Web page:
• vosotros (you). Plural familiar masculine. Only used in Argentina, Chile, Paraguay, and Uruguay.
    • vosotras (you). Plural familiar feminine. Only used in Argentina, Chile, Paraguay, and Uruguay.
    • usted (you). Singular formal.
    • ustedes (you, y'all). Plural formal.
  • Third Person
    • él (he). Singular masculine.
    • ella (she). Singular feminine.
    • ellos (they). Plural masculine.
    • ellas (they). Plural feminine.

The gerundio (gerund or present participle) expresses continous action:

  • hablar (to speak) becomes hablando (speaking)
  • comer (to eat) becomes comiendo (eating)
  • vivir (to live) becomes viviendo (living)

The participio (past participle) functions as an adjective or a past tense verb when used with haber (to have).

  • hablar (to speak) becomes hablado (spoken). EG: hablado españa (spoken Spanish). he hablado (I spoke).
  • comer (to eat) becomes comido (ate). EG: comido leche (eaten milk). he comido (I ate).
  • vivir (to live) becomes vivido (lived). EG vivido arte (lived arte). he vivido (I lived).

Spanish has 3 moods:

  • indicativo (indicative). True, factual. Beginning Spanish usually only covers Indicative mood.
  • subjuntivo (subjunctive). Unknown, doubtful, i.e the opposite of indicative.
  • imperativo (imperative). Command.

Spanish has 4 tiempo (tense) to indicate time period, and each has sub-variant.

  • Present
    • presente (Simple Present). EG: Maria es una mujer muy alta e inteligente (Maria is a very tall and intelligent woman).
    • Present Perfect. EG: Ángela ha estudiado español por cuatro años. (Angela has studied Spanish for four years).
  • Past
    • Simple Past (Preterite). EG: Luis habló con su madre ayer. (Luis spoke with his mother yesterday).
    • Past Perfect. EG: Joaquín había viajado mucho antes de encontrar su esposa. (Joaquin had traveled a lot before he met his wife).
    • imperfecto (Past Imperfect). EG: Roberto jugaba con amigos cada día por las tardes. (Roberto used to play with friends every day in the afternoon).
  • Future
    • Simple Future. EG: Te llamaré mañana por la tarde. (I will call you tomorrow afternoon).
    • Future Perfect. EG: Ya habré cocinado la cena. (I will have already made dinner).
    • Informal Future. EG: Anita va a ver una película. (Anita is going to watch a movie).
  • Conditional
    • Simple Conditional. EG: Me gustaría un té helado, por favor. (I would like an iced tea, please).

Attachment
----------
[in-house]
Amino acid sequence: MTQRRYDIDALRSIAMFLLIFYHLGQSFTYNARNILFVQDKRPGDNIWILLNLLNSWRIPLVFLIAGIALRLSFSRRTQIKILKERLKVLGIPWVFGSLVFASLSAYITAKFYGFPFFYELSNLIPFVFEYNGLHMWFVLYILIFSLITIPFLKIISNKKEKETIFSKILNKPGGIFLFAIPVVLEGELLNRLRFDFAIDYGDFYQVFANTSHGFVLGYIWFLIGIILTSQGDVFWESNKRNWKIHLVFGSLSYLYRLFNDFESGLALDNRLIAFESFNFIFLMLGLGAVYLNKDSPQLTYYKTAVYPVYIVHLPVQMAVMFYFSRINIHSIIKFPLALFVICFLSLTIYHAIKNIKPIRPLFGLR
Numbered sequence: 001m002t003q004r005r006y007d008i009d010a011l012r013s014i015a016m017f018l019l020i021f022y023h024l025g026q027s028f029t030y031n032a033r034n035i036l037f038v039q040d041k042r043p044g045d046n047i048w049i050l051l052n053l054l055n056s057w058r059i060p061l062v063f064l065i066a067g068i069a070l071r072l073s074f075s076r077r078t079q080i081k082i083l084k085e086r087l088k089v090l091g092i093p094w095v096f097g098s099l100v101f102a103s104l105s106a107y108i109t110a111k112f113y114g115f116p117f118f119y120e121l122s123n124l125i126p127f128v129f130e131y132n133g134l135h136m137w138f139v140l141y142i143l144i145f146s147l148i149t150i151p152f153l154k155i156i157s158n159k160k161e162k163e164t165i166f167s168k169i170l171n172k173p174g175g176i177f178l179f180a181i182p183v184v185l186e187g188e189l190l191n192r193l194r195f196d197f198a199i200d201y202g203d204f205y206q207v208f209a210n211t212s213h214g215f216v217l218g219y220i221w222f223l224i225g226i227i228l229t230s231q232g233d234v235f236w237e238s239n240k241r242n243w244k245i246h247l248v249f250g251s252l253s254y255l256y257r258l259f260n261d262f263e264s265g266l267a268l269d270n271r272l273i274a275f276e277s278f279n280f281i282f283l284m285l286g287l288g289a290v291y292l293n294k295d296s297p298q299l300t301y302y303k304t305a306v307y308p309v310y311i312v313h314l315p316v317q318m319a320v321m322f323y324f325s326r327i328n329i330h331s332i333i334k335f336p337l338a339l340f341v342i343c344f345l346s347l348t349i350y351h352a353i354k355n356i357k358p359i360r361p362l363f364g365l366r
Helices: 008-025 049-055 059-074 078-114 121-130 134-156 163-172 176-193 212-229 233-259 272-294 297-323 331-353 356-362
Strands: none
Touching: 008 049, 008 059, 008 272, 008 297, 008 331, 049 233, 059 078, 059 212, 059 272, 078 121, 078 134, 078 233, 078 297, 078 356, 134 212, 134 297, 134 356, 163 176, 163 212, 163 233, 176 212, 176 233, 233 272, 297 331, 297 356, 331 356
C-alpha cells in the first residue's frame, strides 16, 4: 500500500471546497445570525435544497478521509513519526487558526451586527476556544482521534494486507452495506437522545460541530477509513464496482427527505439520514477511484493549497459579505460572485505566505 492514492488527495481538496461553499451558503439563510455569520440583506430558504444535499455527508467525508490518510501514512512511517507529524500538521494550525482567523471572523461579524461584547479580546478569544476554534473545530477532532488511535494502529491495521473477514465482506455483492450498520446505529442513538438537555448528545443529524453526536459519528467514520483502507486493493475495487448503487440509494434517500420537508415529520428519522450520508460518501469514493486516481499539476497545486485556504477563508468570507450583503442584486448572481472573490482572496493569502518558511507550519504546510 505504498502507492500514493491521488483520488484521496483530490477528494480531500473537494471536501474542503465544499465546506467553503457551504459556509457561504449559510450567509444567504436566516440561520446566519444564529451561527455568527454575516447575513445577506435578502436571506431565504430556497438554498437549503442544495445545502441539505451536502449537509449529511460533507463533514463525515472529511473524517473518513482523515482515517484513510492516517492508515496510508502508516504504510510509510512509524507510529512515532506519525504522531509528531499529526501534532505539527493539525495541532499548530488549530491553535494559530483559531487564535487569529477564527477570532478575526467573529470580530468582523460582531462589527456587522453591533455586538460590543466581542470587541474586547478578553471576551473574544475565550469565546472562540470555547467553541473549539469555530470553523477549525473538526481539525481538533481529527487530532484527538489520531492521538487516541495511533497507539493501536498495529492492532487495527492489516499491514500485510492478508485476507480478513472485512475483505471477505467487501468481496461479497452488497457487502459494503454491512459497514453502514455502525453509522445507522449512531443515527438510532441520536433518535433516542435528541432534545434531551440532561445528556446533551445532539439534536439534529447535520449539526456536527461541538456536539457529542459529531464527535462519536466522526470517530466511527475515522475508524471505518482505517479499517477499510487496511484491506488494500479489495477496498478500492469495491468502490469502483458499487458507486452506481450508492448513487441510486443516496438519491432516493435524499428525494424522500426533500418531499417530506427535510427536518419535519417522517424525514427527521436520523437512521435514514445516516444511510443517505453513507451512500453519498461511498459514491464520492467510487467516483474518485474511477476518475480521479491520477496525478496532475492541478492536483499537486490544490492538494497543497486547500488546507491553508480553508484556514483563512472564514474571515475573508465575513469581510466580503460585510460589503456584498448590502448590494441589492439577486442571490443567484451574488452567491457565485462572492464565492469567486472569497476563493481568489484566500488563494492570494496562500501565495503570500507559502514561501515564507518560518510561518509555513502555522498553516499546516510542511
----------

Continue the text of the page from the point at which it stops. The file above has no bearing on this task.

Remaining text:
• Conditional Perfect. EG: Habría estudiado más si tuviera el tiempo. (I would have studied more if I had had the time).

Conjugation for Simple Indicative:

infinitivo Tense yo él ella usted nosotros vosotros ellos ellas ustedes
hablar Present hablo hablas habla hablamos habláis hablan
hablar Past hablé hablaste habló hablamos hablasteis hablaron
hablar Future hablaré hablarás hablará hablaremos hablaréis hablarán
comer Present como comes come comemos coméis comen
comer Past comi comiste comió comimos comisteis comieron
comer Future comeré comerás comerá comeremos comeréis comerán
vivir Present vivo vives vive vivimos vivis viven
vivir Past viví viviste vivió vivimos vivisteis vivieron
vivir Future viviré vivirás vivirá viviremos viviréis vivirán


similar words in Eng-Esp
n drink
I am
you are
you/he/she is
de nada
you're welcome
mucho gusto
pleased to meet you
delighted (to meet you)
me/te/le gusta
I/you/you like...
to eat
to ski
to play (sports)
to swim
¿Por que no te callas?
Why don't you shut up?
From the verb querer = to want, to desire. The word querencia is most associated with bull fighting. Querencia is where a bull feels at home, safe, in charge, in control, grounded. The matador does not want the bull to fight the bull in the bull's querencia because there the bull is most dangerous.
to play (music)
ir a
to go to
Common sense; the ability to make money, arrange things, and get things done.
Raucous; reckless; a redeeming touch of madness.


Links that lead to off-site pages about Spanish.